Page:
On the future and on dissent, he declares:

It’s a privilege and an honor to defend freedom of expression on social media during the past three years. It is also an honor to be singled out among the select few Thais who have stood up and effectively disturbed the make-believe world of Juntaland Thailand.

We cannot defend freedom of expression if we are not willing to pay the price. The price is worth paying when one takes the long-term benefits of society to heart.





Press freedom declines further

20 04 2016

We all know that the junta has tried to manage the media more than most recent regimes in Thailand. Press freedom has been wound back since the 2014 military coup, and according to Reporters Without Borders and its World Press Freedom Index, the situation worsened even further in 2015.

RWB rank 2015





Media freedom? Don’t even think about it!

1 04 2016

Many readers will already know that Khaosod journalist Pravit Rojanaphruk has been prevented from attending UNESCO’s 2016 World Press Freedom Day conference in Finland.

In fact, as reported by the International Press Institute, “Thailand’s ruling military junta has banned a prominent journalist from leaving the country” to attend the conference.

Because Pravit has been called in for “re-education” and “attitude adjustment” by the military thugs, he has lost his freedom to travel, and must request the military junta’s permission to travel. He submitted a request and the junta rejected it.censorship-1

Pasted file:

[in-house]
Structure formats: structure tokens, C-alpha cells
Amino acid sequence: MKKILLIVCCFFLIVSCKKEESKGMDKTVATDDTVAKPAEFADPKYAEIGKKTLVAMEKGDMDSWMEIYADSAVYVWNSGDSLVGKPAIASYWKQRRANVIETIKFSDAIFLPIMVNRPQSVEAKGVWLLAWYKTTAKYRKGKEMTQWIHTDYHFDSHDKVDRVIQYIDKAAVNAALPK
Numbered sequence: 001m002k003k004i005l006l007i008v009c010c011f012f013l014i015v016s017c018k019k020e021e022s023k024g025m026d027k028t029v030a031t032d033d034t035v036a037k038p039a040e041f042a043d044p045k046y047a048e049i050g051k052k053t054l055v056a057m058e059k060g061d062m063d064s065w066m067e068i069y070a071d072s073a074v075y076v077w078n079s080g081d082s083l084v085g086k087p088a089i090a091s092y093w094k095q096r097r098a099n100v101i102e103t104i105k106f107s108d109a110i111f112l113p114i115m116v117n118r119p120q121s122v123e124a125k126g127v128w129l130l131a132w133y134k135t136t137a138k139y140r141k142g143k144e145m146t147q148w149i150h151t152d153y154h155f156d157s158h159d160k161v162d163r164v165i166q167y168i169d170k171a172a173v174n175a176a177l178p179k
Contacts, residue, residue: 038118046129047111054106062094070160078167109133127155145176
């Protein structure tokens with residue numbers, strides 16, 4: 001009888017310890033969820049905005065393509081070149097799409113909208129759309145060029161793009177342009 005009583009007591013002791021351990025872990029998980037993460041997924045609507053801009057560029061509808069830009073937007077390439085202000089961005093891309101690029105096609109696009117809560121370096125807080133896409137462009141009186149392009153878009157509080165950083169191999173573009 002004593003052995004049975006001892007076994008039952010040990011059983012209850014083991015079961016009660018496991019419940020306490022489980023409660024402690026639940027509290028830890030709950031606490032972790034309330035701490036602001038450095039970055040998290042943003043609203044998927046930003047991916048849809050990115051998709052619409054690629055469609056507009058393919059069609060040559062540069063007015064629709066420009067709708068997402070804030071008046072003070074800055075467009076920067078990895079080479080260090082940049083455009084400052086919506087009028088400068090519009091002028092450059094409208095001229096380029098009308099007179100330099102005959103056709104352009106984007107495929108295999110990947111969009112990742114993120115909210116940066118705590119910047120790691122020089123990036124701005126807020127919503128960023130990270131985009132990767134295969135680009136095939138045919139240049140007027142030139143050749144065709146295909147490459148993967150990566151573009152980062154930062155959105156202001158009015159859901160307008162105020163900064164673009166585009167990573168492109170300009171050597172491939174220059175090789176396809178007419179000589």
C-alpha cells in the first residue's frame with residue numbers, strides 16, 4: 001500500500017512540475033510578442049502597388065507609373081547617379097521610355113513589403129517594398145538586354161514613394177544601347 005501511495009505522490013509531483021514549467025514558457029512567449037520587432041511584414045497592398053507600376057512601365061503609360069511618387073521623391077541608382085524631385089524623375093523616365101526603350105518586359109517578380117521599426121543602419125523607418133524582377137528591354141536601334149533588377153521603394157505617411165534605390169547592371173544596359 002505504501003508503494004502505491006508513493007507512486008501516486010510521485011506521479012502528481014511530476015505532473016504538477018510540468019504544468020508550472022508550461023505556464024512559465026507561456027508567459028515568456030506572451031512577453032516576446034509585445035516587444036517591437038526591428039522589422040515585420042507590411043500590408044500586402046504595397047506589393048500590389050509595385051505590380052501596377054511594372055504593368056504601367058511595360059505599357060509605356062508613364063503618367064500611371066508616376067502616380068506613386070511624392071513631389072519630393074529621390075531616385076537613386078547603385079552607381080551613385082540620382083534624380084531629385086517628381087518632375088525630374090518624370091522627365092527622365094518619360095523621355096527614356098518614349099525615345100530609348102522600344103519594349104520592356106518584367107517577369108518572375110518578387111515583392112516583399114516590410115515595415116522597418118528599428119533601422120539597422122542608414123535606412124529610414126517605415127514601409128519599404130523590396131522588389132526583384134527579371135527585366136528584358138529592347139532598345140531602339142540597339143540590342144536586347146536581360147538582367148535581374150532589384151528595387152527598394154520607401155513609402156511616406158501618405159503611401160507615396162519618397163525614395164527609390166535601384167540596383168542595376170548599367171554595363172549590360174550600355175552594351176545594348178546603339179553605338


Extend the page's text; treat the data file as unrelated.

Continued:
According to one report, cited by IPI, a junta mouthpiece said Pravit “keeps violating the orders of the NCPO in many ways, so his travel is not approved.” What they mean is that he continues to try to publish stories that are accurate of Thailand’s current sorry state. As the cause of this state, the military dictatorship becomes flustered, angry and vindictive over his reporting.

Finland’s ambassador to Thailand, Kristi Westphalen, stated that she “regretted the Thai government’s decision…”. By “government” she means the military dictatorship. IPI Director of Press Freedom Programmes Scott Griffen said the ban was “highly symbolic of the Thai military regime’s increasing disregard for free expression.” We are not sure the “disregard” is increasing. The junta hates any media outlet that doesn’t follow its every order and that is unable divine what might next have The Dictator in a tizzy.

Thailand is a military dictatorship and a military state. No one should expect it junta to be anything other than intolerant, repressive, downright nasty and worse.





Revised: Warning the conservative elite I

1 03 2016

In an editorial at The Korean Herald, Thailand’s conservative elite gets a warning on media freedom. The editorial begins:

Thai policy makers, dictators, military leaders or what have you, have never learned how to handle criticism from the international press and the recently issued regulation for foreign media reflects that long-standing mindset.